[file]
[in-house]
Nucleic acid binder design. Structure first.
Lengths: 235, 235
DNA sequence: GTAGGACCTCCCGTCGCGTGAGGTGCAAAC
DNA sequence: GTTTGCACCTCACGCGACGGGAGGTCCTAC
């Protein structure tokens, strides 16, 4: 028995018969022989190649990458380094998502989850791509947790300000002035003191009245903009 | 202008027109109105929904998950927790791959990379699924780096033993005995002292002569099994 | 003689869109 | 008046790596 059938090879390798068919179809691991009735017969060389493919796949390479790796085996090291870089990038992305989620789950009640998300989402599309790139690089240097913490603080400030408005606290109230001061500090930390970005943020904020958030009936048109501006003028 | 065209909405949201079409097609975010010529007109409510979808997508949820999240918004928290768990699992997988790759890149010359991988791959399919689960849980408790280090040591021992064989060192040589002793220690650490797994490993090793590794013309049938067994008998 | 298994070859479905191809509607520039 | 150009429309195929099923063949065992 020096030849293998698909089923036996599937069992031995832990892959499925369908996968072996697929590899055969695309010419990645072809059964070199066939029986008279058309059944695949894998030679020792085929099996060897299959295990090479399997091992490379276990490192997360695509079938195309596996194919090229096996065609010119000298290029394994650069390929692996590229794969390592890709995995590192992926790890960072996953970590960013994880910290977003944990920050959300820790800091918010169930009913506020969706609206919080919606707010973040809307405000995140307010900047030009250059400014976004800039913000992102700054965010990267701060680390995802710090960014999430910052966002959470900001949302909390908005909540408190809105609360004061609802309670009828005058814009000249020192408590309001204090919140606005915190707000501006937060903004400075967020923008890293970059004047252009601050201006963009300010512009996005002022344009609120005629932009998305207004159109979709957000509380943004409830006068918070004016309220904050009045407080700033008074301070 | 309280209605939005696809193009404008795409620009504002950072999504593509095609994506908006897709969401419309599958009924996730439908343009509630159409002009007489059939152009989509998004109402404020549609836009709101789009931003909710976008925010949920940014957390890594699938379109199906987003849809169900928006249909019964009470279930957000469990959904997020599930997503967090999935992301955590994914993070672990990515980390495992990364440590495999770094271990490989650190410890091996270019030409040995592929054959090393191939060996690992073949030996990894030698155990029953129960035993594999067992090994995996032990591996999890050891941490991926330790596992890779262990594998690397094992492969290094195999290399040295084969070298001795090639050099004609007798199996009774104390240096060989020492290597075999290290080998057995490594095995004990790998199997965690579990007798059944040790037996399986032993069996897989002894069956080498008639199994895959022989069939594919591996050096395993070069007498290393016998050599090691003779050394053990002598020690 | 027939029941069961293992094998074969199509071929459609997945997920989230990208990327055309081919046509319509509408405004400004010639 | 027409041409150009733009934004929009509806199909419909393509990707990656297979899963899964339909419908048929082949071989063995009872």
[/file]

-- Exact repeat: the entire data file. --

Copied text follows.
[in-house]
Nucleic acid binder design. Structure first.
Lengths: 235, 235
DNA sequence: GTAGGACCTCCCGTCGCGTGAGGTGCAAAC
DNA sequence: GTTTGCACCTCACGCGACGGGAGGTCCTAC
């Protein structure tokens, strides 16, 4: 028995018969022989190649990458380094998502989850791509947790300000002035003191009245903009 | 202008027109109105929904998950927790791959990379699924780096033993005995002292002569099994 | 003689869109 | 008046790596 059938090879390798068919179809691991009735017969060389493919796949390479790796085996090291870089990038992305989620789950009640998300989402599309790139690089240097913490603080400030408005606290109230001061500090930390970005943020904020958030009936048109501006003028 | 065209909405949201079409097609975010010529007109409510979808997508949820999240918004928290768990699992997988790759890149010359991988791959399919689960849980408790280090040591021992064989060192040589002793220690650490797994490993090793590794013309049938067994008998 | 298994070859479905191809509607520039 | 150009429309195929099923063949065992 020096030849293998698909089923036996599937069992031995832990892959499925369908996968072996697929590899055969695309010419990645072809059964070199066939029986008279058309059944695949894998030679020792085929099996060897299959295990090479399997091992490379276990490192997360695509079938195309596996194919090229096996065609010119000298290029394994650069390929692996590229794969390592890709995995590192992926790890960072996953970590960013994880910290977003944990920050959300820790800091918010169930009913506020969706609206919080919606707010973040809307405000995140307010900047030009250059400014976004800039913000992102700054965010990267701060680390995802710090960014999430910052966002959470900001949302909390908005909540408190809105609360004061609802309670009828005058814009000249020192408590309001204090919140606005915190707000501006937060903004400075967020923008890293970059004047252009601050201006963009300010512009996005002022344009609120005629932009998305207004159109979709957000509380943004409830006068918070004016309220904050009045407080700033008074301070 | 309280209605939005696809193009404008795409620009504002950072999504593509095609994506908006897709969401419309599958009924996730439908343009509630159409002009007489059939152009989509998004109402404020549609836009709101789009931003909710976008925010949920940014957390890594699938379109199906987003849809169900928006249909019964009470279930957000469990959904997020599930997503967090999935992301955590994914993070672990990515980390495992990364440590495999770094271990490989650190410890091996270019030409040995592929054959090393191939060996690992073949030996990894030698155990029953129960035993594999067992090994995996032990591996999890050891941490991926330790596992890779262990594998690397094992492969290094195999290399040295084969070298001795090639050099004609007798199996009774104390240096060989020492290597075999290290080998057995490594095995004990790998199997965690579990007798059944040790037996399986032993069996897989002894069956080498008639199994895959022989069939594919591996050096395993070069007498290393016998050599090691003779050394053990002598020690 | 027939029941069961293992094998074969199509071929459609997945997920989230990208990327055309081919046509319509509408405004400004010639 | 027409041409150009733009934004929009509806199909419909393509990707990656297979899963899964339909419908048929082949071989063995009872």